Vacationing in Liberia: Libassa Ecolodge and Wildlife Sanctuary

While we were in Liberia for almost two weeks we were busy almost every day, from doing engineering activities with Kim’s students to shopping in the enormous Waterside Market in Monrovia. For our last full day in Liberia we decided to relax by visiting the Libassa Ecolodge, about an hour away from Monrovia and not far from the airport. We called a taxi driver we had used previously during the trip to take us to the resort directly, instead of doing the less expensive, but much more time consuming traditional way through various taxi stations.

When we checked in our room wasn’t ready yet so we dropped off our bags and headed to the poolside. Before jumping in the water we relaxed under the warm sun and sipped on our complimentary fresh coconuts. The resort has a multiple swimming pools, a lazy river, a lagoon to swim in plus lounge chairs along the beach. We dipped in the various pools and floated in the not-so-lazy river (the pump was broken at the time so the water was still). After the pools, we headed towards the beach to walk in the sand and dip our toes in the water–a first for me on this side of the Atlantic!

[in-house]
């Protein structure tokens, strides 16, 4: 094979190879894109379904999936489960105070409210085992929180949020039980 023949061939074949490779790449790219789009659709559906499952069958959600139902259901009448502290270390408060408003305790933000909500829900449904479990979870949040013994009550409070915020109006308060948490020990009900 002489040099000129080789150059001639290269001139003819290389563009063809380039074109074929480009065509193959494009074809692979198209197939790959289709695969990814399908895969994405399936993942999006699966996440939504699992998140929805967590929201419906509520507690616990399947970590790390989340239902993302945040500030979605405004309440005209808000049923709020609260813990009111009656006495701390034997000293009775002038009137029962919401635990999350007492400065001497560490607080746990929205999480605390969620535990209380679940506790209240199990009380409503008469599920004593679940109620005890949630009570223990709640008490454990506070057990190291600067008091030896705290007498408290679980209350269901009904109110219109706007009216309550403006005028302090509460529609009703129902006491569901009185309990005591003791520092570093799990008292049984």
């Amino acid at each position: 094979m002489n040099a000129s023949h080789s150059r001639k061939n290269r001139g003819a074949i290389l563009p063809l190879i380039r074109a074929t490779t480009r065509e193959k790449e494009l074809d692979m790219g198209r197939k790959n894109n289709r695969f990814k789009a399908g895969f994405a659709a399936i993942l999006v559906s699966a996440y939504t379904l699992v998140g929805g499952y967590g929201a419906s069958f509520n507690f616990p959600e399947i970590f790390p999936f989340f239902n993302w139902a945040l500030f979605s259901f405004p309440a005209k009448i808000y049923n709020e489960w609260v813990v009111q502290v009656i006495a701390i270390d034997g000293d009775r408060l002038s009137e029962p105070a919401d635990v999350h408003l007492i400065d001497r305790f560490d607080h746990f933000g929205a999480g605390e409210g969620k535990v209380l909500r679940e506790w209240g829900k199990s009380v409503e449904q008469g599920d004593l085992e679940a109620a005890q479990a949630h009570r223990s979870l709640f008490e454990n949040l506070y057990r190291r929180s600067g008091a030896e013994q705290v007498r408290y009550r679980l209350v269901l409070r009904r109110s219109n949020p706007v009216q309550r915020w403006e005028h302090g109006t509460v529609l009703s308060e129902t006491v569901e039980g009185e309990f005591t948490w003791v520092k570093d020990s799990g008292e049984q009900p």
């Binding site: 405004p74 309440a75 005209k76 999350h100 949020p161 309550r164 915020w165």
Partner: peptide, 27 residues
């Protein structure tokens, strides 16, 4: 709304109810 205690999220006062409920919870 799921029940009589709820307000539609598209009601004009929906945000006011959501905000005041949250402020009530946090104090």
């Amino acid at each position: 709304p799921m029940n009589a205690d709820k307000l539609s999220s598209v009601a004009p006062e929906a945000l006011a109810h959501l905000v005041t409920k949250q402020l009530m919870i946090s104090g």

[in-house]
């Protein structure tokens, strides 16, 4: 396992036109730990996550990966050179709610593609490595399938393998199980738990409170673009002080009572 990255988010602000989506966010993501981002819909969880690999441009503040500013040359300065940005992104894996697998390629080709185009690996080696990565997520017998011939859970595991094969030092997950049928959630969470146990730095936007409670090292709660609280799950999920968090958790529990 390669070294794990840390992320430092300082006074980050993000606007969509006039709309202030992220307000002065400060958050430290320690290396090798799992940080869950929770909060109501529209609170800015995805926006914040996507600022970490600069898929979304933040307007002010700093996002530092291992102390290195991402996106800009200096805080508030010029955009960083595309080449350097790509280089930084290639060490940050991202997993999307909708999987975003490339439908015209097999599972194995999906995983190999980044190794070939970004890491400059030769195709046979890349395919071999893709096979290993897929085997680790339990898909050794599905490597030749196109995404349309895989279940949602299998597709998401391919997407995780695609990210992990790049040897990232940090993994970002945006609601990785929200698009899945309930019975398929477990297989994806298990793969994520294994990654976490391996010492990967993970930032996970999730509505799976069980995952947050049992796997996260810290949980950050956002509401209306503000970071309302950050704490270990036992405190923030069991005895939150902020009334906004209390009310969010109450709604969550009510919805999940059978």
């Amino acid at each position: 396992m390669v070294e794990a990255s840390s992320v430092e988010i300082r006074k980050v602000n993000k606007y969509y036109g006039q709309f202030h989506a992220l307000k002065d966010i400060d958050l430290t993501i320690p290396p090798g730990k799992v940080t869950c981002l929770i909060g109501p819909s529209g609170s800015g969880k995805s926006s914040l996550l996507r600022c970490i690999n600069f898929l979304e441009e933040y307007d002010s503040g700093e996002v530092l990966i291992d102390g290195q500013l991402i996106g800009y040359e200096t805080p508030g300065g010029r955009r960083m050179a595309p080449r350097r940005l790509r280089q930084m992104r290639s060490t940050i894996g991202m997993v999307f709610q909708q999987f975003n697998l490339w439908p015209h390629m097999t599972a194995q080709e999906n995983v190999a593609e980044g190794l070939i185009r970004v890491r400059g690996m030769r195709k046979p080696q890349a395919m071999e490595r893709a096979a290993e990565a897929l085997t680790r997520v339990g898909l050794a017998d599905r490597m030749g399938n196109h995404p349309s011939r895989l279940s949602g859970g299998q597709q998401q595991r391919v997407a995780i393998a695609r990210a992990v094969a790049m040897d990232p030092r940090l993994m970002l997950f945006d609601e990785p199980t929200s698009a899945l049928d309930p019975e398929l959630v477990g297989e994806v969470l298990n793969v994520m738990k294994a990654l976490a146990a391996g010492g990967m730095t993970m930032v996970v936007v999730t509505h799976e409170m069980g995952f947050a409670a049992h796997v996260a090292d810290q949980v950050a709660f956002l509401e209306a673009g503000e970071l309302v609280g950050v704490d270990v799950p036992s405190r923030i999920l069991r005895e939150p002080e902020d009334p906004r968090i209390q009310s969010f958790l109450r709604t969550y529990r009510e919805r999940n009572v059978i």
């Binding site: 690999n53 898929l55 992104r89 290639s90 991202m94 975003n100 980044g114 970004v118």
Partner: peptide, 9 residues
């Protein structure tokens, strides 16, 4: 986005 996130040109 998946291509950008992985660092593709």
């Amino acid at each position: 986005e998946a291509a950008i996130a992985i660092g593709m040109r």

On the same property as the Ecolodge resort is the Libassa Wildlife Sanctuary. The recently opened sanctuary is home to wild animals rescued across the country from people that illegally kept as pets. Our wonderful guide, Angie, led us around to the different enclosures and explained the progress of various animals towards being reintroduced to the wild.

We saw many animals including different types of monkeys, mongooses, a small deer and the cutest little pangolin. Pangolins are actually the most sought after animal for poaching in the world because their scales are believed to have healing properties. We were surprised to learn that the small deer, technically called Maxwell’s Duiker, had been rescued from the beach front restaurant in Monrovia we ate at the night before! The poor deer were so overweight from a diet of pizza and beer that even though they had been at the sanctuary for four months, they still looked obese! The sanctuary was an eye-opening experience seeing the types of animals native to Liberia, as well as discovering the extent that some people go to keep them as pets.

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